An “unusual” costal dwelling bird has died from its injuries after being rescued by fire crews from Bexley.

On Saturday (October 7) London Fire Brigade and volunteers from the Greenwich Wildlife Network were called to the lake in Danson Park.

The bird, a cormorant, had become “entangled” with rope after two fishing hooks had become embedded in the animal’s leg.

According to the Wildlife Trust, the bird is commonly found in coastal areas as well as in lakes, reservoirs, and inland rivers in the UK.

Greenwich Wildlife Network founder, Rae Gellel, said that this wasn’t a commonly seen bird in London and not a bird that the charity encounters on a regular basis.

Rae said: “These dinosaur-like birds are not a species we often encounter in London, as they’re more abundant in coastal areas.

“It’s a most unusual bird for us at the Greenwich Wildlife Network.”

On arrival, volunteers from the Greenwich Wildlife Network contacted London Fire Brigade due to poor visibility at the time of night.

A rescue boat owned by London Fire Brigade was sent out to reach the bird, and the bird was then handed over to the care of volunteers from the Greenwich Wildlife Network.

Rae said: “The cormorant was in danger of drowning.

“Since the park has no sources of light at night, we were doubtful of our abilities to free him using our inflatable kayak, though we were committed to try if it was the only option.

“Thankfully LFB agreed to attend instead and access the cormorant using their boat, most likely also saving me from a night stuck in the mud at Danson Park.

“Our volunteers were then on standby to collect the Cormorant after he was brought to safety by the fire fighters.

“We are in debt to London Fire Brigade.”

News Shopper: A length of rope had become entangled around the bird's legA length of rope had become entangled around the bird's leg (Image: Rae Gellel)

After volunteers had inspected the bird, they discovered two large fishing hooks that had become embedded in the animal’s foot, which resulted in the bird sustaining a fracture to its leg.

The animal was taken to the Swan Sanctuary to receive treatment for its injuries.

Rae said: “Upon arrival it was clear the source of entanglement - two fishing hooks deeply embedded in the beautiful bird’s foot, which had then got caught on a length of rope in the lake.

“He had also given himself a nasty fracture whilst struggling to free himself.

“Since these are a specialist species and the cormorant needs the care of an experienced vet ASAP, the ever dedicated has Lauren cancelled plans in order to transport him to the Swan Sanctuary.”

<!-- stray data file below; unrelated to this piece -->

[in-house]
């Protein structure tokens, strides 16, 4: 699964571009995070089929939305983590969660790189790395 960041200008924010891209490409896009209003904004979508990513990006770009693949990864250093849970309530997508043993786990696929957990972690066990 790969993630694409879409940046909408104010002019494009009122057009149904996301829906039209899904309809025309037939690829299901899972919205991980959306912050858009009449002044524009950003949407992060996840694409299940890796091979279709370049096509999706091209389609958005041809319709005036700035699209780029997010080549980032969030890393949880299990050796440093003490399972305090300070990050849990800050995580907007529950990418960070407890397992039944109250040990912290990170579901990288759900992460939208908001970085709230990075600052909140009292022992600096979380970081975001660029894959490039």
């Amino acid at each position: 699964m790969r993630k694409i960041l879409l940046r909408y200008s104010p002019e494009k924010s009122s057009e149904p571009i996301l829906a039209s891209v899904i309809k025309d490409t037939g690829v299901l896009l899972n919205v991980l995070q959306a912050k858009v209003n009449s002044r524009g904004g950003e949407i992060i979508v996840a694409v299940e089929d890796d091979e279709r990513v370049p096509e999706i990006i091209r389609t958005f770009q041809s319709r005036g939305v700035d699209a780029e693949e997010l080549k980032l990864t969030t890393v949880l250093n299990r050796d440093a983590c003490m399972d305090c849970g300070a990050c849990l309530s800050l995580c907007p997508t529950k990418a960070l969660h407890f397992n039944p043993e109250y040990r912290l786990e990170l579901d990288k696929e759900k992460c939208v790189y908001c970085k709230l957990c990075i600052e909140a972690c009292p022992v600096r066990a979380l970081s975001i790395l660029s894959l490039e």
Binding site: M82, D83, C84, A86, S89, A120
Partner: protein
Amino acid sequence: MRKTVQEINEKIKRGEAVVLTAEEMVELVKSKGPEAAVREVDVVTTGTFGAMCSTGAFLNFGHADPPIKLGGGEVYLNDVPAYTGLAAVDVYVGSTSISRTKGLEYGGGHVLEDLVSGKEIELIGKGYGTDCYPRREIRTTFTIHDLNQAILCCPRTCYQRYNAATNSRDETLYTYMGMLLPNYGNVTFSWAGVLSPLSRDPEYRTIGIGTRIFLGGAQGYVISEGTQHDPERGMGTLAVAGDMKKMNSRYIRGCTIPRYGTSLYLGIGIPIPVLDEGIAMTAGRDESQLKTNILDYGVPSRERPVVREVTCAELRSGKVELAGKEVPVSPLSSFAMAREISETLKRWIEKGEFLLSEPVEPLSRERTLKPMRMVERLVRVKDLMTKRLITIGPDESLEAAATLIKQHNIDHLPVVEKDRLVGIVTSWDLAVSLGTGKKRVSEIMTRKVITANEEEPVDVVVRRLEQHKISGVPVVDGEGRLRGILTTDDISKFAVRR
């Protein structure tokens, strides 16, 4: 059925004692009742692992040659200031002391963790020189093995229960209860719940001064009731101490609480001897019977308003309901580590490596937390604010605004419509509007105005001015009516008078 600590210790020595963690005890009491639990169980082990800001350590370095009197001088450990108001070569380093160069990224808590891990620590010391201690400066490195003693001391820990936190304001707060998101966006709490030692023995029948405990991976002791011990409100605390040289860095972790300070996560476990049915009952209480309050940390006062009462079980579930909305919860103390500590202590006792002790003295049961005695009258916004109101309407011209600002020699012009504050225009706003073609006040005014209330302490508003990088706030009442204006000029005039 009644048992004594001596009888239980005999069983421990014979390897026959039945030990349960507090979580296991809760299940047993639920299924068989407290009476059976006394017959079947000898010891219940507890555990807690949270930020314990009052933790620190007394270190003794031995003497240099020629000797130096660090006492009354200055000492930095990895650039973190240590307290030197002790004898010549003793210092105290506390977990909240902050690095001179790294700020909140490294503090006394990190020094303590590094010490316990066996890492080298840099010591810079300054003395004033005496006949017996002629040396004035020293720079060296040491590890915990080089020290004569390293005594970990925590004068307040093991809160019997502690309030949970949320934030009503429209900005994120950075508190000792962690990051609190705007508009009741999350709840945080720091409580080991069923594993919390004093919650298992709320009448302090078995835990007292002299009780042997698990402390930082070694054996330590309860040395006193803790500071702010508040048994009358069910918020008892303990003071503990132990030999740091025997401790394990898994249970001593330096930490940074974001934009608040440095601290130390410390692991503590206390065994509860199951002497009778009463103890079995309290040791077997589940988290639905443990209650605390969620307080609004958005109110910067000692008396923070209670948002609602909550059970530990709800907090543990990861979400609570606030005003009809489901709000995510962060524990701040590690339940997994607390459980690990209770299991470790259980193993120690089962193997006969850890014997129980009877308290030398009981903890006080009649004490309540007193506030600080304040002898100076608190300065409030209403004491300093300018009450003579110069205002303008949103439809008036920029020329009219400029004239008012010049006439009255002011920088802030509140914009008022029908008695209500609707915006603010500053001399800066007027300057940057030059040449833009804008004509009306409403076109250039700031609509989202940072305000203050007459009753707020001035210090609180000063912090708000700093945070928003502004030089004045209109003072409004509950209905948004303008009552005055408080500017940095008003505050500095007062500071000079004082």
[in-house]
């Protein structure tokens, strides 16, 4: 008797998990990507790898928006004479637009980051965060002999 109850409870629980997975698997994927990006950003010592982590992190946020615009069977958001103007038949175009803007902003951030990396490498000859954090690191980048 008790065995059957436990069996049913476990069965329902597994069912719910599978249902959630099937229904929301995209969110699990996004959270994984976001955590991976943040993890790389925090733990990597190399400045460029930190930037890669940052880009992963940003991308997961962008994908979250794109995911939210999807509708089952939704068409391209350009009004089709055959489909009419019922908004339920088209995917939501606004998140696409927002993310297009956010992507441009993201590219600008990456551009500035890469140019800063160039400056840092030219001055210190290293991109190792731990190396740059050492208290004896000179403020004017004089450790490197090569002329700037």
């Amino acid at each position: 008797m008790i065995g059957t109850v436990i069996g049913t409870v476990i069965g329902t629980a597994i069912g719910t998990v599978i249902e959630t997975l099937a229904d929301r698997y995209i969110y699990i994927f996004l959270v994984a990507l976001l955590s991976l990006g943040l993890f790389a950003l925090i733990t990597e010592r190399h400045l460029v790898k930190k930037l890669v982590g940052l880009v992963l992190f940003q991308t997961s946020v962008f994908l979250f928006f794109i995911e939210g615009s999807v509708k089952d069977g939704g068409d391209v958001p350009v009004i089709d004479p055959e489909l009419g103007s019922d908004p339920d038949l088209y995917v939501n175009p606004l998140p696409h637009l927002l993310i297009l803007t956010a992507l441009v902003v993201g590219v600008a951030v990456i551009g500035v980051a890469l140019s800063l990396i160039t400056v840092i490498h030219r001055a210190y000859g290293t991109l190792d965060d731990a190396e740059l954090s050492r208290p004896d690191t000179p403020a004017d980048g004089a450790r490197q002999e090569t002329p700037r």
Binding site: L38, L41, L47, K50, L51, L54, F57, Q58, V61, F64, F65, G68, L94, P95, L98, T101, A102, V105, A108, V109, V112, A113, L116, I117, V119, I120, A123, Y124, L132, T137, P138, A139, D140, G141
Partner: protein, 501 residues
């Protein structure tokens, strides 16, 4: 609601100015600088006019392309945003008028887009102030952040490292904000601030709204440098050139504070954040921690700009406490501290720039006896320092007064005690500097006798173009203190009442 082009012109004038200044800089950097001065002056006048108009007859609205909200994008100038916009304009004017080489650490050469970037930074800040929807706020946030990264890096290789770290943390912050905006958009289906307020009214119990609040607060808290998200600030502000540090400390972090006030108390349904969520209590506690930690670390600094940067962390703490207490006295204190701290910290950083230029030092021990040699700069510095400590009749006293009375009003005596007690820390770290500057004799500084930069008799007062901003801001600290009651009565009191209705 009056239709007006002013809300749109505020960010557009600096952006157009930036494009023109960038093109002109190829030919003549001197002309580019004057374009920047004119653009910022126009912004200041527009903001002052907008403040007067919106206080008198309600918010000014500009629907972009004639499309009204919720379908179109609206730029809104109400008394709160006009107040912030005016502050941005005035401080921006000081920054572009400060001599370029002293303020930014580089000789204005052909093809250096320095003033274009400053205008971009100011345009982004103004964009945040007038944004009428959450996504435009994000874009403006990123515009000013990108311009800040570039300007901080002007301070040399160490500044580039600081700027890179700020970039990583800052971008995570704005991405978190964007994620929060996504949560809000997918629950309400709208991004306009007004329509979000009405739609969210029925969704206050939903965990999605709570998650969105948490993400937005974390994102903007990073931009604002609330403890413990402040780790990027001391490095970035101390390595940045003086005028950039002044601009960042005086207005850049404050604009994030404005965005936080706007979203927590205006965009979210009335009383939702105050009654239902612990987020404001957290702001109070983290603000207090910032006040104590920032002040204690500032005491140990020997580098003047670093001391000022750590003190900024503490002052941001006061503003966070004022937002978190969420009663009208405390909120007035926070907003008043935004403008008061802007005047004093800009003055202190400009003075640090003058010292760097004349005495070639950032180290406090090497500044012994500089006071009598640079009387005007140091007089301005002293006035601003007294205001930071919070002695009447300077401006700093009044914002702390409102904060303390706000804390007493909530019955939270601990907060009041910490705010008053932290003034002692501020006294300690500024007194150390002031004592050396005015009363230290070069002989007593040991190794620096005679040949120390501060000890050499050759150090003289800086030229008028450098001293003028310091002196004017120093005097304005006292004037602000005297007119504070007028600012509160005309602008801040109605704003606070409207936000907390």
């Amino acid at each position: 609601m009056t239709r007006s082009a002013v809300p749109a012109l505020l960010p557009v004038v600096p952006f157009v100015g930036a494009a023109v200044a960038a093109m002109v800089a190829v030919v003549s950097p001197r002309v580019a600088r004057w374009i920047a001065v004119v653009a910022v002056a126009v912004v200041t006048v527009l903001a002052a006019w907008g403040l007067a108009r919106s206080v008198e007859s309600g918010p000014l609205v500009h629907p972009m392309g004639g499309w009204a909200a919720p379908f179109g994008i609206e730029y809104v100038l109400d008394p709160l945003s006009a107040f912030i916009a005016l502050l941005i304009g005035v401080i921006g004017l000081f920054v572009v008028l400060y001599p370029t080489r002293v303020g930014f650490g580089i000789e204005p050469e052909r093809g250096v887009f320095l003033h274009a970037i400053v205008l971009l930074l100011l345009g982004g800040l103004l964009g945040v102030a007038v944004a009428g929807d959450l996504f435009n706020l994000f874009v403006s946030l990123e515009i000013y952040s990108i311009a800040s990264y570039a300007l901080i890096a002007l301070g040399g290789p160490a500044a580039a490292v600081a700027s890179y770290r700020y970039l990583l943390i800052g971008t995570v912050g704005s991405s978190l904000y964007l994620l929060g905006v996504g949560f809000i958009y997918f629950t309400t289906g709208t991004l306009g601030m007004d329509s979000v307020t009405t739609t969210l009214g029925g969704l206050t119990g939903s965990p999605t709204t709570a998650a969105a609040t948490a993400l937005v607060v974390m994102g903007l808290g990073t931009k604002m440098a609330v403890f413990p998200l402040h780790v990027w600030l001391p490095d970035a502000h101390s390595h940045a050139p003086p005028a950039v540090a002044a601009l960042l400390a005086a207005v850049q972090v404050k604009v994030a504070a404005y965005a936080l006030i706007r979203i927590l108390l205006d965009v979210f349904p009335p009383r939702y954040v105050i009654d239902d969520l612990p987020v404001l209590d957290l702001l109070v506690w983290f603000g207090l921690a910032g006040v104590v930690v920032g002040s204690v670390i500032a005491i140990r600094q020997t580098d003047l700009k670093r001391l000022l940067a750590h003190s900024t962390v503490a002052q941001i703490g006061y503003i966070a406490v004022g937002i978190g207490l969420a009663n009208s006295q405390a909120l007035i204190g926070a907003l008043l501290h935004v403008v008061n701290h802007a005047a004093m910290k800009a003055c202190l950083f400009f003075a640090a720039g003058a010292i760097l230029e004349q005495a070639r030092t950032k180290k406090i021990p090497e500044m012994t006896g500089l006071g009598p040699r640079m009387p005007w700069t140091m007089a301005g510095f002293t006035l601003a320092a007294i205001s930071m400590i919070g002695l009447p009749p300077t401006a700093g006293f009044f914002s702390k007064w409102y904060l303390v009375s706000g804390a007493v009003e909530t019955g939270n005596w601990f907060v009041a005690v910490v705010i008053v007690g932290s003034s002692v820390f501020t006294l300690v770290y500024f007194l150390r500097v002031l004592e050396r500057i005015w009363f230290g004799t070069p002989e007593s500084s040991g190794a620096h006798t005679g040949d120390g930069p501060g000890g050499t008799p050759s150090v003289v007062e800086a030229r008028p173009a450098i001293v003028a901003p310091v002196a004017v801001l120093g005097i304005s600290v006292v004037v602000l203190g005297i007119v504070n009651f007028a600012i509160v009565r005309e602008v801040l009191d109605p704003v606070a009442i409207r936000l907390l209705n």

“Unfortunately it’s really common for us to get calls about animals with fishing line wrapped around a limb or a fishing hook embedded in them, we get at least one rescue per week of that nature.

“Whilst we generally don’t encourage pastimes that require harming animals in the first place, we would ask any anglers to at least properly discard of any fishing equipment and not to leave any behind in the environment because it will inevitably lead to situations like this.

“One moment of carelessness can equal weeks of pain and suffering for an animal and can ultimately cost them their lives.”

A spokesperson for London Fire Brigade said: “London Fire Brigade was called at 1828 on October 7 to reports of a bird trapped in netting in the middle of a lake at Danson Park in Bexleyheath.

News Shopper: Rescued cormorant birdRescued cormorant bird (Image: Rae Gellel)

“Two fire engines from Sidcup and Bexley fire stations attended the scene along with a fire and rescue unit from Bexley Fire Station.

“Firefighters used one of the Brigade's water rescue boats to reach the bird and they worked to release it before leaving it in the care of partners.

“The incident was over for firefighters by 1941.”

They added: "We're saddened to hear that the bird which our firefighters helped rescue from a lake at Danson Park has not survived from injuries that it had sustained.

“Firefighters love animals and we are ready, willing and able to assist distressed or injured animals - the last thing we want is for people to put themselves at risk rescuing an animal themselves - but we do encourage people to call the RSPCA in the first instance and we will assist if our specialist equipment is required."